Are there really videos like that out there?
Holy shit! That cannibal cop was one sick fucker
|by Anonymous||reply 20||03/05/2013|
Does Your Brain Have a Right to Privacy?
Posted by Ted Rall on Tuesday, February 26, 2013 at 10:56 am
Cannibals, Thoughtcrime and a Rising Police State
“I was going to be tied up by my feet and my throat slit and they would have fun watching the blood gush out of me because I was young,” the wife of 28-year-old NYPD “cannibal cop” Gilberto Valle testified at his trial.
After she installed keyboard-tracking software on his laptop, Kathleen Mangan-Valle went on, she found that her husband planned to stuff one of her friends in a suitcase and murder her. Two other women were “going to be raped in front of each other to heighten their fears,” while another would be roasted alive over an open fire.
Planned? Or fantasized?
There’s no evidence that Officer Valle, on trial for conspiracy to kidnap, torture, kill and eat women, ever acted on his voreaphilia, a cannibalism fetish. If convicted, however, he faces up to 20 years in prison.
George Orwell called it “thoughtcrime”: punishing people for their thoughts rather than their actions. The case of the cannibal cop – or, more accurately, the wannabe cannibal cop – is a perfect illustration of why a society can be tempted to try to monitor what goes on in people’s brains, and to sanction citizens whose opinions and fantasies fail to conform to “normalcy.” Suppose the federal jury lets Officer Valle off the hook. The idea of this guy roaming the streets of Manhattan picturing the women he sees roasting on a spit – one of the staged (ßlink not safe for work) and Photoshopped images he perused online – is, well, the word creepy hardly does it justice.
Voreaphiliacs are rare, but one of the great things about the Internet is that it allows pervs and other weirdoes to find one another. “If you were someone mildly interested in cannibalism 30 years ago, it was really hard to find someone in real space to find common cause with,” Joseph V. DeMarco, ex-chief of the cybercrime unit of the U.S. attorney’s office in Manhattan, told The New York Times. “Whereas online, it’s much easier to find those people, and I think when you have these communities forming, validating each other, encouraging each other, it’s not far-fetched to think that some people in that community who otherwise might not be pushed beyond certain lines might be.”
That’s what happened in Germany in 2001, when a man who responded to an online post seeking a victim willing to be killed, slaughtered and eaten got his wish. No one disputes that the 43-year-old Berlin engineer died voluntarily; the cannibal videotaped his chatty – and perfectly happy – prey before finishing him off.
As bizarre and – yes, I’ll say it – disgusting and terrifying as the so-called cannibal cop’s online chats were, I am disturbed by convicting people for actions that they not only never committed, but might never have committed. And yeah, things – bad things, as in Germany, do really happen sometimes. But as Sartre said, we are all responsible for our actions. Should we go to prison for our fantasy lives? Should we give up our right to cranial privacy to protect ourselves from the exceedingly rare chance that some nut will eat someone?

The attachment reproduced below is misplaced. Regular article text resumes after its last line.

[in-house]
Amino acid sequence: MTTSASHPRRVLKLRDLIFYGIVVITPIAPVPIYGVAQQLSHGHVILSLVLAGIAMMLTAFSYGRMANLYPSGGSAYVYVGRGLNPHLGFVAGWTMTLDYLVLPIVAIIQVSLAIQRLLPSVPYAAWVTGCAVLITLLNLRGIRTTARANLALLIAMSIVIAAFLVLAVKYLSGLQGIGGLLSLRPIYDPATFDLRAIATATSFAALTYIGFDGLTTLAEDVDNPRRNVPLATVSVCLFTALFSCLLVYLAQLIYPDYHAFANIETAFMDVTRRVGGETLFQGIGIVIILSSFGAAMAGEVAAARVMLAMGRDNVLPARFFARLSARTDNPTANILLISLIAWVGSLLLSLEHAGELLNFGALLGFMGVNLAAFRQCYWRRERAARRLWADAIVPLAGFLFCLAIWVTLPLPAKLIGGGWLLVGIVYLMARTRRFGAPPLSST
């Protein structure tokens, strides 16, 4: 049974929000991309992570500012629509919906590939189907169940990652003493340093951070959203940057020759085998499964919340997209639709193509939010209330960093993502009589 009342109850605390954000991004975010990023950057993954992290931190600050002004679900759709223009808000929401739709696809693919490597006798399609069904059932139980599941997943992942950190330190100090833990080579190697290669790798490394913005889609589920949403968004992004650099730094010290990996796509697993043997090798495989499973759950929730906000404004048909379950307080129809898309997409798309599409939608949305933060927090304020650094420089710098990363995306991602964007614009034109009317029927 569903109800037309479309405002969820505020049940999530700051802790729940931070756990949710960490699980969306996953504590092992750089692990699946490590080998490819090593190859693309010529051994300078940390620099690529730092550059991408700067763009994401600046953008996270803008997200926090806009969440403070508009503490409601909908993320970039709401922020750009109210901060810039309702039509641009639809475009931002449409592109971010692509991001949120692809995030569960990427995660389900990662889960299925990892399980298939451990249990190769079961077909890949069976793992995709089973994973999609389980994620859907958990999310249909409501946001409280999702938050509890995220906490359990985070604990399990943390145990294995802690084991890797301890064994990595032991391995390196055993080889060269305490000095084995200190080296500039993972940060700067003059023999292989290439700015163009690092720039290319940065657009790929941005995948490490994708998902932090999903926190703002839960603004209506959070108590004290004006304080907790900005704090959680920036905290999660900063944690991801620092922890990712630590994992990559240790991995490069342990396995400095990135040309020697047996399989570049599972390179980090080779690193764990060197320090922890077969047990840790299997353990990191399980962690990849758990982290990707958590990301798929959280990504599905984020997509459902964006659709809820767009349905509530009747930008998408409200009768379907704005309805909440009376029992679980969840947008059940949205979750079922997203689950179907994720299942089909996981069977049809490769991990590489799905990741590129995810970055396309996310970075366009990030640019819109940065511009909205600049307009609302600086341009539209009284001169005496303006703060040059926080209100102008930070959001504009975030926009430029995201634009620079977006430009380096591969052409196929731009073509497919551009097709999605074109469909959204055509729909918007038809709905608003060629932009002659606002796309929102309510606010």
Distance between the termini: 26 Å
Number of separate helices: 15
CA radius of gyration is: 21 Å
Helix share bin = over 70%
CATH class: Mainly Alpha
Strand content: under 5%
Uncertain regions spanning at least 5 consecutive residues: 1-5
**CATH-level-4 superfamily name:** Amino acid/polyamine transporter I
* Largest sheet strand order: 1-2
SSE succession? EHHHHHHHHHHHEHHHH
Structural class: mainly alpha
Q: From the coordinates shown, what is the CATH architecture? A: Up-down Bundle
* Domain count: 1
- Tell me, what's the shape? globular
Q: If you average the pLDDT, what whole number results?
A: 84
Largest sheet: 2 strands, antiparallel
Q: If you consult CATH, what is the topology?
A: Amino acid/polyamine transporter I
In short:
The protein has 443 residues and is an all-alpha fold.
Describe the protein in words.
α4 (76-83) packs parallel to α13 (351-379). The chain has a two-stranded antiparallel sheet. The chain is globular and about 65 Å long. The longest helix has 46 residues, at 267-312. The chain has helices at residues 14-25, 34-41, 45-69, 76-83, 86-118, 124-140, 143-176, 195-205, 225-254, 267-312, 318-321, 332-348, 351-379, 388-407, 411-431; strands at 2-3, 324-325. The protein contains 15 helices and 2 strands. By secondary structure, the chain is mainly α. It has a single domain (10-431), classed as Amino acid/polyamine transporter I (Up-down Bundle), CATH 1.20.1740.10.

Take another look at the quote above by Joseph DeMarco. It’s so full of conjecture and speculation: “not far-fetched”…”might”…”might.” Well, anyone might do anything, right?
What if Saddam had WMDs? What if they had them and what if they gave them to terrorists? And then, what if those terrorists used them against us? If if if.
We know what happens when we act based on ifs.
|by Anonymous||reply 9||03/04/2013|
Thoughtcrime prosecutions often revolve around sex. A 50-year-old man in South Florida currently faces more than 3000 years in prison for possession of child pornography. (Prosecutors filed separate 15-year counts for each of 200 videos found on his hard drive.) Even if you buy the demand-side argument that no one would make kiddie porn if no one bought it – a dubious claim, given the zillions of people who happily “sext” nude photographs of themselves for free – aren’t we forgetting something? Looking at child pornography isn’t the same as producing and disseminating it. In America, convicted rapists serve an average of about eight years. Wouldn’t it make more sense to send the actual rapists away for three millennia?
As America continues to degenerate into unapologetic authoritarianism, prosecutions for thoughtcrime are increasingly common. In 2008 a Pennsylvania woman, Karen Fletcher, was sentenced under a plea bargain for writing fictional erotic stories about sex with children. The victimized children didn’t exist; her criminal record does. In 2001 an Ohio man was sentenced to 10 years in prison for “textual child porn” – writing stories in his private journal that depicted kids being raped and tortured. Again, no actual kids were hurt. The diary was for personal consumption and never shown to anyone else.